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Research Article Open Access
Our objective was to describe vestibular abnormalities in patients with relapsing and remitting multiple sclerosis. Thirty patients (6 men and 24 women) between 27 and 64 years of age underwent neurological and otolaryngological examinations, complete anamnesis, and electronystagmography. Patients with psychological or oculomotor paresis (or both), internuclear ophthalmoparesis, severe visual disturbances, or locomotion restrictions were excluded. The difference-of-proportion test was used to compare affected patients with controls, with a significance level of 5%. Vestibular alterations were found in 26 (86%) of the evaluated patients, from which 25 presented peripheral etiology and only 1 presented a problem of central origin. There was a prevalence of bilateral peripheral irritative vestibulopathy (20%), followed by bilateral peripheral deficit vestibulopathy (20%) and left peripheral deficit vestibulopathy (17%). The high incidence of vestibular disorders observed in this study indicates that this population might benefit from specific rehabilitation programs. Studies with larger samples are still required and may contribute to the understanding of this pathology.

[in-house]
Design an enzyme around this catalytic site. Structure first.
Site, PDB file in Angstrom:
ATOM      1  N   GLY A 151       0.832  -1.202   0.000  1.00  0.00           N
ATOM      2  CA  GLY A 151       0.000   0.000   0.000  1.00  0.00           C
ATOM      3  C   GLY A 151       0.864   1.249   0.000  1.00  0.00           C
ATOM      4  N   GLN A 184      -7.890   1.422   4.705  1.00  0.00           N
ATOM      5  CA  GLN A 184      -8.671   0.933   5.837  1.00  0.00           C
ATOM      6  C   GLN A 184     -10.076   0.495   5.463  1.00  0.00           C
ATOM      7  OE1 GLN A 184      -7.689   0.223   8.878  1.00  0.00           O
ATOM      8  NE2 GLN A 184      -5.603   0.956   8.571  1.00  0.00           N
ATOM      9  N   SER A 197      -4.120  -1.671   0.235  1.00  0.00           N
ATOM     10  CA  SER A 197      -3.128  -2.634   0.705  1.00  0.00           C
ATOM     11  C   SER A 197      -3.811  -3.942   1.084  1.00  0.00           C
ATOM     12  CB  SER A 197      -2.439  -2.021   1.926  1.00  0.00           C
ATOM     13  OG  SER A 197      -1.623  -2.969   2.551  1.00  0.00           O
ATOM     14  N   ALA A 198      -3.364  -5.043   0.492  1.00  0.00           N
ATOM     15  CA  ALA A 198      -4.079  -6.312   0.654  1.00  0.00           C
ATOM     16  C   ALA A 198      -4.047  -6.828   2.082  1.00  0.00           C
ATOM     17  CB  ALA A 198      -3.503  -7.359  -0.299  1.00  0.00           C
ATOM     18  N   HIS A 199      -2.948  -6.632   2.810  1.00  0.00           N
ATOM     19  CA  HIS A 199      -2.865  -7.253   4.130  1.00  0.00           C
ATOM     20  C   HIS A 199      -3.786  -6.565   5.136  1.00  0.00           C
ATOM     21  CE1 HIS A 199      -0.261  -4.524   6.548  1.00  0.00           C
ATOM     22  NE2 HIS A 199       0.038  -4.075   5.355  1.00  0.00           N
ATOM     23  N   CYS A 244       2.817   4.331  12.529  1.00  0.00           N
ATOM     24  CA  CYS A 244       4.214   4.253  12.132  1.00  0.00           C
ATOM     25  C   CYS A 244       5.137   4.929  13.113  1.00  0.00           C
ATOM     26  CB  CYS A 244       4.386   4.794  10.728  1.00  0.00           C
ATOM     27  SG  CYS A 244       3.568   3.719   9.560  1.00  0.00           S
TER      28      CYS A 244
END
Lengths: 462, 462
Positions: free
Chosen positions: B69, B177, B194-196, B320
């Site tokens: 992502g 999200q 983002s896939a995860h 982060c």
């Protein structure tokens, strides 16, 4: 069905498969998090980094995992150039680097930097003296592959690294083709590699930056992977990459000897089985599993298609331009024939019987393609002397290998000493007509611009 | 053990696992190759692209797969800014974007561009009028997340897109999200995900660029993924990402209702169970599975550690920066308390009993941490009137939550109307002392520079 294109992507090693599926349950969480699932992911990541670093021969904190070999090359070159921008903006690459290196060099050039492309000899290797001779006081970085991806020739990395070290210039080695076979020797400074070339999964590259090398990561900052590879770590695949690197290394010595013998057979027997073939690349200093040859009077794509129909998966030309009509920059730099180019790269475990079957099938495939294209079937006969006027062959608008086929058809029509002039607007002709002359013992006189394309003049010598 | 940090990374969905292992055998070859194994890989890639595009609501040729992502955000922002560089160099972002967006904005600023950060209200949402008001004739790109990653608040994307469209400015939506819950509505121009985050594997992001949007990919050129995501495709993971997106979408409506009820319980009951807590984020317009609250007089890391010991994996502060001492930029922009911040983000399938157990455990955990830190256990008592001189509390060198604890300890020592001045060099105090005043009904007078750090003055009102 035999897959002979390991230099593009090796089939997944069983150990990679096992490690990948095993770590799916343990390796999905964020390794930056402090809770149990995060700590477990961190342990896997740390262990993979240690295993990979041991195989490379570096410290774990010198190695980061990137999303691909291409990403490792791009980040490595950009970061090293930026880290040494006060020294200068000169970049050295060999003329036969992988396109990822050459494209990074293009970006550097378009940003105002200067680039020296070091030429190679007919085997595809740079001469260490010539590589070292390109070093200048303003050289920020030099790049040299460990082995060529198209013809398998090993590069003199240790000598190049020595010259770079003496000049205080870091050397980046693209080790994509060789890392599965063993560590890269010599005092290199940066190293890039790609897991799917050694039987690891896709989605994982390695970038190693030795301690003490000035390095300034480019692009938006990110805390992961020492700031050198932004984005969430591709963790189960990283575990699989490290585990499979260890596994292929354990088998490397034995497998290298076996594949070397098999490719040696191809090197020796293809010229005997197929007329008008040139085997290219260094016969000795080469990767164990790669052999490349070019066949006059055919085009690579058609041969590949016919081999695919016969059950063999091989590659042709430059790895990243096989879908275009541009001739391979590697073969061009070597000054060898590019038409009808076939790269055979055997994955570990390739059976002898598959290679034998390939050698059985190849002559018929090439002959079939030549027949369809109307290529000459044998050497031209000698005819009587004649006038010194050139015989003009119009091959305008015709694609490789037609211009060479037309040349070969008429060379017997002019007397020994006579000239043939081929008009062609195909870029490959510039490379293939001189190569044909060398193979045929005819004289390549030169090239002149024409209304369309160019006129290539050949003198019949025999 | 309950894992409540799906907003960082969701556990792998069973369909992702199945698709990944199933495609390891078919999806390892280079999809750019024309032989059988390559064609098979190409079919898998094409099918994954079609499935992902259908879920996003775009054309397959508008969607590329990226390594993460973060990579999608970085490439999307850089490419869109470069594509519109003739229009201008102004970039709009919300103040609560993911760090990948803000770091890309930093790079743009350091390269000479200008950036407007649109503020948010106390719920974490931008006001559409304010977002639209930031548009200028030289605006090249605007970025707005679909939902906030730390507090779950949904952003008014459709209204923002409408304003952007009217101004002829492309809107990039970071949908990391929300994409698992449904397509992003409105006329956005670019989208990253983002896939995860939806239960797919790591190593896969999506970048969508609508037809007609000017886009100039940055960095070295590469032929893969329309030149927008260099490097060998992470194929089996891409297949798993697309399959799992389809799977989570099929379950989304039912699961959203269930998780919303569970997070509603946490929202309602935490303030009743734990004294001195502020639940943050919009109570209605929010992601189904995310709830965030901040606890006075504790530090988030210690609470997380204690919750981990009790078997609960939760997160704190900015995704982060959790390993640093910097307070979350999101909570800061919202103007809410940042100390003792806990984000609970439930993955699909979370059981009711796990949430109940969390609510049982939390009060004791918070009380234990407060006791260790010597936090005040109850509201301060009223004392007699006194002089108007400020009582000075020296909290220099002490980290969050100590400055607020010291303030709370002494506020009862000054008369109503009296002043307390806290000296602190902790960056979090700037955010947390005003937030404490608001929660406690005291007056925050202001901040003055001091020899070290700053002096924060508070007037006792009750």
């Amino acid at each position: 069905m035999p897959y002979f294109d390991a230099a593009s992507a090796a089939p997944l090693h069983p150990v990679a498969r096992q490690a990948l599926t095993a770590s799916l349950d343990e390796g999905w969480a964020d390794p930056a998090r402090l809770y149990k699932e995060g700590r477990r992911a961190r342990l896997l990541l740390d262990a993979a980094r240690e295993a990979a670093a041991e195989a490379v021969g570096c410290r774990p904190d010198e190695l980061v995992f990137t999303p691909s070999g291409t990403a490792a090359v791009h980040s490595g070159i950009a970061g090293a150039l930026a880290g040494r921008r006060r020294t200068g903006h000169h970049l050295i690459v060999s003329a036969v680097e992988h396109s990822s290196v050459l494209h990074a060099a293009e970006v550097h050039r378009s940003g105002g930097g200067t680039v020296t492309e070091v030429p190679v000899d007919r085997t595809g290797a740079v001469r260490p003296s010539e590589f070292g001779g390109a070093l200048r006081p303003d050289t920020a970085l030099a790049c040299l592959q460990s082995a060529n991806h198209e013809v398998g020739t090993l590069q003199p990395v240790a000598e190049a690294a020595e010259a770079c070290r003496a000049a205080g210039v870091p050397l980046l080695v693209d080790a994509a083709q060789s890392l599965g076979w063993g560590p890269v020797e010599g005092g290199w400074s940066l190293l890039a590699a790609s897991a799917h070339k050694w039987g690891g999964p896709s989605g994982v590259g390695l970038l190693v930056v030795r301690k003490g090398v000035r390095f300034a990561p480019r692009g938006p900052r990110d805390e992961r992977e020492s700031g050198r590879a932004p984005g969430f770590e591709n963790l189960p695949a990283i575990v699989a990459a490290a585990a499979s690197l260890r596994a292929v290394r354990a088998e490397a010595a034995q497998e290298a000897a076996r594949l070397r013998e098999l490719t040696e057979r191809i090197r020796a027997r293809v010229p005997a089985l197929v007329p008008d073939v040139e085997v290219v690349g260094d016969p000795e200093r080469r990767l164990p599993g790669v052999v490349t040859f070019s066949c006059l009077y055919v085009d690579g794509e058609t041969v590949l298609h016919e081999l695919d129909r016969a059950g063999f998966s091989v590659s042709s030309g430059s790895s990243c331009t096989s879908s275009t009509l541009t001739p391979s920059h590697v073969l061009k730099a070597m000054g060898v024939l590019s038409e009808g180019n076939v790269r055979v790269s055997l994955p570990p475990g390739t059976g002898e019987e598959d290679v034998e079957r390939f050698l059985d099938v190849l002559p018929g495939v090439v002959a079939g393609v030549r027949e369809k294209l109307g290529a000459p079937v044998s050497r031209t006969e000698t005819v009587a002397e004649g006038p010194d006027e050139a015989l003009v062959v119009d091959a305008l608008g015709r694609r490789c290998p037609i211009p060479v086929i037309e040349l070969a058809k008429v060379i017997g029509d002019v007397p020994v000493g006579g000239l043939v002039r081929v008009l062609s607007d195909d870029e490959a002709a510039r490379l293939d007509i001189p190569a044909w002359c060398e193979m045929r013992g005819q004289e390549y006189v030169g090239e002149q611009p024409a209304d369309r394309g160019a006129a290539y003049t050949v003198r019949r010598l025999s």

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Author(s): Bianca S Zeigelboim Walter O Arruda Pedro L MangabeiraAlbernaz Maria Ceclia M Irio Ari L Jurkiewicz Jackeline MartinsBassetto Karlin F Klagenberg
multiple sclerosis, vertigo, vestibular diseases, vestibular function tests